HP chairman apologises, promises to go (sort of)
HP chairman Patricia Dunn will leave the position in January next year and be replaced by current CEO Mark Hurd. Dunn's position has been shaky since her role in the snooping scandal became public - Dunn hired private detectives to spy on directors and reporters.
HP is facing investigation by the Stock Exchange Commission, the FBI, House of Representatives, and the attorney general of California over the allegations.
Dunn stays at the top until January and will remain a director after that. Also in January, Richard Hackborn, an HP director since 1992, becomes "lead independent director".
Dunn said: "The recent events that have taken place follow an important investigation that was required after the board sought to resolve the persistent disclosure of confidential information from within its ranks. These leaks had the potential to affect not only the stock price of HP but also that of other publicly traded companies. Unfortunately, the investigation, which was conducted with third parties, included certain inappropriate techniques. These went beyond what we understood them to be, and I apologise that they were employed.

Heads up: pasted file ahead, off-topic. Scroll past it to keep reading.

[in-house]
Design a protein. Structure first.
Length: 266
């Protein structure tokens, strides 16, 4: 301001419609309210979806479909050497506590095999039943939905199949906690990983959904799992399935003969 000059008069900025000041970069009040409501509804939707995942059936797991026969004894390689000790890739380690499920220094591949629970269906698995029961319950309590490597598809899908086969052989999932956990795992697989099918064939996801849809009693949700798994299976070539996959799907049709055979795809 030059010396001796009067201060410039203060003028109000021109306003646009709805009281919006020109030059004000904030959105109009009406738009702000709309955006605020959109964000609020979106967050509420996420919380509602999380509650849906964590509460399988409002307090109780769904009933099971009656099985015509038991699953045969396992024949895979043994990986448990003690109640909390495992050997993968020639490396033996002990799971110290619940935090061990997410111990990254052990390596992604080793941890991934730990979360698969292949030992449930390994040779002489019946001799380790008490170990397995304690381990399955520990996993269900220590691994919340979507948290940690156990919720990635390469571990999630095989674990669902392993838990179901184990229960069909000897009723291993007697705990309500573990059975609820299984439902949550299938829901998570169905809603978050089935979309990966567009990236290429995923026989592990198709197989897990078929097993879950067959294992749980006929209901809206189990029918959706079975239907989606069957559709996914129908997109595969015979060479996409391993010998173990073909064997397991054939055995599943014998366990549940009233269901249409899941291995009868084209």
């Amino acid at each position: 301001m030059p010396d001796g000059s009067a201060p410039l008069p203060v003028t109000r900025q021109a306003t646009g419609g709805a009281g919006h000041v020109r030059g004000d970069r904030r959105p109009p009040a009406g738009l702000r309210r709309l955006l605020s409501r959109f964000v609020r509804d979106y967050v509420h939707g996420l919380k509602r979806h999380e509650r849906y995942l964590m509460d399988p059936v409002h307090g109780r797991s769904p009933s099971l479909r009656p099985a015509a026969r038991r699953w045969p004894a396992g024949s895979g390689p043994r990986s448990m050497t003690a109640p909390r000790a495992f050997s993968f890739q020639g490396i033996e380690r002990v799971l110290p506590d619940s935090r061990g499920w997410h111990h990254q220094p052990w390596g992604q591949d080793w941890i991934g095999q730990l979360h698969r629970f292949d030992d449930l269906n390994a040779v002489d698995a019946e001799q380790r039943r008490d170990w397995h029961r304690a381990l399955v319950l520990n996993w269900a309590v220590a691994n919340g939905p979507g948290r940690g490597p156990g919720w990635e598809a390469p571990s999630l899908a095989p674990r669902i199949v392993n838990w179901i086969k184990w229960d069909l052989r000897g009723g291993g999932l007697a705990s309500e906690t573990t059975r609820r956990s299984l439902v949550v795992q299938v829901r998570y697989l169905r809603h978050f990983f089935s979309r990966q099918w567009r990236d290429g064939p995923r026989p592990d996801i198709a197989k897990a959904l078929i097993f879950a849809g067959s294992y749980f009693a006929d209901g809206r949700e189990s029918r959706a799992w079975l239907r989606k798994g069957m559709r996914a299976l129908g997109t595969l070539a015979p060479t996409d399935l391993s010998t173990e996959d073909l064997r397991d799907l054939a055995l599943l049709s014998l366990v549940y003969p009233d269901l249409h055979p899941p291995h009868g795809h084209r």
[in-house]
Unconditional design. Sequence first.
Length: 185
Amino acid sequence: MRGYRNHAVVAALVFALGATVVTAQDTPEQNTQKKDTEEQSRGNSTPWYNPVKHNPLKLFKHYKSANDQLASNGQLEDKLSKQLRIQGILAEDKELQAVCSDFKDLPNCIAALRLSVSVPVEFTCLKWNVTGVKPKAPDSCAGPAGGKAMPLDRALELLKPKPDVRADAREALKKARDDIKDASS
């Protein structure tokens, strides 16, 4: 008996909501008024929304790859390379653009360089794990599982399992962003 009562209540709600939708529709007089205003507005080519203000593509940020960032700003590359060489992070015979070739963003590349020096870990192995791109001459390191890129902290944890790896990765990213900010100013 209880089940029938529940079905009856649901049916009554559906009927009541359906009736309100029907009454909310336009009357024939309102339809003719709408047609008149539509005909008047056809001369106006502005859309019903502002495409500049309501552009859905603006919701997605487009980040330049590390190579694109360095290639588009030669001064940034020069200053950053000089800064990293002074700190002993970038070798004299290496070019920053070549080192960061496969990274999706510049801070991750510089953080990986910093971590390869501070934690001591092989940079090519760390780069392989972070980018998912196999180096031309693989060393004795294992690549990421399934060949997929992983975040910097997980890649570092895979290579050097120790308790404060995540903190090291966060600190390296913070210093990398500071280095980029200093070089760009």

"I am very proud of the progress HP has made over the past 18 months. During the remainder of my tenure as chairman, I look forward to completing the transition that is underway, including expanding the board, continuing to improve our corporate governance standards and bringing the current issues to resolution."
HP CEO Mark Hurd said: "I am taking action to ensure that inappropriate investigative techniques will not be employed again. They have no place in HP."
Whether that action is enough to convince staff, shareholders, federal investigators, and snooped-upon directors remains to be seen.
More from Businesswire, via Yahoo!, here.
The markets seem unfazed by the unravelling scandal. HP's share price has stayed steady on the New York Stock Exchange, trading up almost one per cent in morning trading. ®
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